Over 1,000 Subscribe to Parish YouTube Channel in Just One Day as “Stream Team” Keeps Community Connected

Posted inCourageously Living the Gospel

The ability to livestream at Our Lady of the Rosary Parish in Land O’ Lakes was no small feat. Prior to the shut-down, they didn’t even own the necessary equipment. It was thanks to a team of dedicated parishioners, the “Stream Team,” that in just over two weeks the parish was unveiling their new YouTube channel at the start of Holy Week and began streaming services to over 1,000 subscribers.

Deacon Frank DeSanto and his wife Kathy worked with Robert Walford, an electrical engineer, to compile a list of needed items and begin setting up the necessary servers and software. Delays in shipping meant the operation was fairly simplistic in the beginning, but grew more sophisticated over time. Now, Deacon Frank operates the camera while Kathy runs Open Broadcasting System, the livestream software that allows her to send out slides with the words to the prayers and lyrics to the hymns. Jenene Peterson monitors the feedback from parishioners on Facebook and YouTube and is able to report to the team any issues with sound or video. The parish’s music director, Tony Sievert, has been instrumental in helping with the sound board and troubleshooting any audio trouble.

“It was amazing how it all came together so quickly. We were all so dedicated to get the word out to the parishioners. It was all about getting the Mass to the people,” said Deacon DeSanto, who is a former civil engineer. “A lot of prayer was involved of course, and the Lord heard us. I truly believe that He wanted this to happen.”

The response from the parish was immediate. Using Flocknote and Facebook posts to alert parishioners about the start of livestreamed services, over 1,000 parishioners subscribed to the parish’s YouTube channel in just one day. The positive messages starting coming in from appreciative families who were comforted by seeing the familiar face of their pastor and being able to see their spiritual home.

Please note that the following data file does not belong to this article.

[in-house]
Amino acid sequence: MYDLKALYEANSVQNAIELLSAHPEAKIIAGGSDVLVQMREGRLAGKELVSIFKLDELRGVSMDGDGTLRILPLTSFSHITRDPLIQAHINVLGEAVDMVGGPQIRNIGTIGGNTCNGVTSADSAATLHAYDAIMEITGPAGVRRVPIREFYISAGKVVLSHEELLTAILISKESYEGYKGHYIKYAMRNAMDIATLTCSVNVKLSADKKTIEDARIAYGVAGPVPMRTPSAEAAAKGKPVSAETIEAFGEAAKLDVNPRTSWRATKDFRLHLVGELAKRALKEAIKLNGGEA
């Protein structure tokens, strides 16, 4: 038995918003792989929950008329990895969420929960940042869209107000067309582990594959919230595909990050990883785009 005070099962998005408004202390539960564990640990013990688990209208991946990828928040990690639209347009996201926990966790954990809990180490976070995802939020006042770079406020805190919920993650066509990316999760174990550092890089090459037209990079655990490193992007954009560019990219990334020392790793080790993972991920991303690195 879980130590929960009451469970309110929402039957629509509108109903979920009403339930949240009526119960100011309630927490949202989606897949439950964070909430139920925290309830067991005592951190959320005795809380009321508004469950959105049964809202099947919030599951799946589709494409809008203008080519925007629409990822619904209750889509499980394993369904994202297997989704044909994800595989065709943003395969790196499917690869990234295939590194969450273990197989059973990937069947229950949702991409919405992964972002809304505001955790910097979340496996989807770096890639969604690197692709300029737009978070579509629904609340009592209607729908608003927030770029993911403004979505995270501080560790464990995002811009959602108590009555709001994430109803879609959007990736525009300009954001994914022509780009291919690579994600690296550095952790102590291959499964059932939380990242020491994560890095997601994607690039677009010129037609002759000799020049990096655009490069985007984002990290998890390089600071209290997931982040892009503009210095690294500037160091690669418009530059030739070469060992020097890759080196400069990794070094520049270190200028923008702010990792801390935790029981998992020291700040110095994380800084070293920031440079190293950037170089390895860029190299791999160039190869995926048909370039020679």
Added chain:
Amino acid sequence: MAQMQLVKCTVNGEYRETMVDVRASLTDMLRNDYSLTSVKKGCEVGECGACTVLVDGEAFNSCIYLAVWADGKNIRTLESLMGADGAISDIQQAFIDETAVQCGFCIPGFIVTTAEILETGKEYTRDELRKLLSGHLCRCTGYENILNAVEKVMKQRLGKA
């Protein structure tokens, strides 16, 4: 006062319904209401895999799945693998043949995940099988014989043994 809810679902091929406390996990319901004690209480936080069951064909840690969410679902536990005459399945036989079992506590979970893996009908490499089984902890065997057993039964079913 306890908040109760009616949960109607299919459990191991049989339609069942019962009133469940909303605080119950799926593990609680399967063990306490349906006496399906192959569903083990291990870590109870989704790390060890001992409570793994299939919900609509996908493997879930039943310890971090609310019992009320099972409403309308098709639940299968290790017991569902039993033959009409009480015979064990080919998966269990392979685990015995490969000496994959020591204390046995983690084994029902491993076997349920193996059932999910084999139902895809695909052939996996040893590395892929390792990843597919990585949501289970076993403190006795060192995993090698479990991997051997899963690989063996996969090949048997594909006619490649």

“We even had people who have moved that are viewing it and happy to connect back with their parish family and see the pastor,” said Deacon DeSanto. “Many people were watching Mass on EWTN but now are watching this and connecting back with the people they know so well. We hear again and again how good it is to be with the community, especially during isolation, and how uplifting it has been for folks.”

English and Spanish Masses are livestreamed each week, but with the encouraging response the stream team has also broadcast prayer opportunities like Lectio Divina and Eucharistic Adoration. Even now when churches have reopened, with limited capacity and some parishioners especially vulnerable to the virus, livestreamed Funeral Masses and First Holy Communions ensure that family members can participate in these special celebrations, even from across the globe.

Father Aubin has recognized the value of the new livestreaming ministry so much that he has even had a video studio created for the team to record instructional videos, such as how to receive Holy Communion with a mask on, and ministry videos for the Youth Group. While the ministry may have had a rushed beginning, it is showing no signs of slowing down, and they expect to continue livestreaming the Mass for the homebound and military families even after things return to normal.

“Even if they can’t come to Church, people are still receiving the necessary message from the homily and from the Mass being presented, so they are encouraged to courageously live the Gospel, especially in this difficult time to be available to other people who may need help,” said Deacon DeSanto.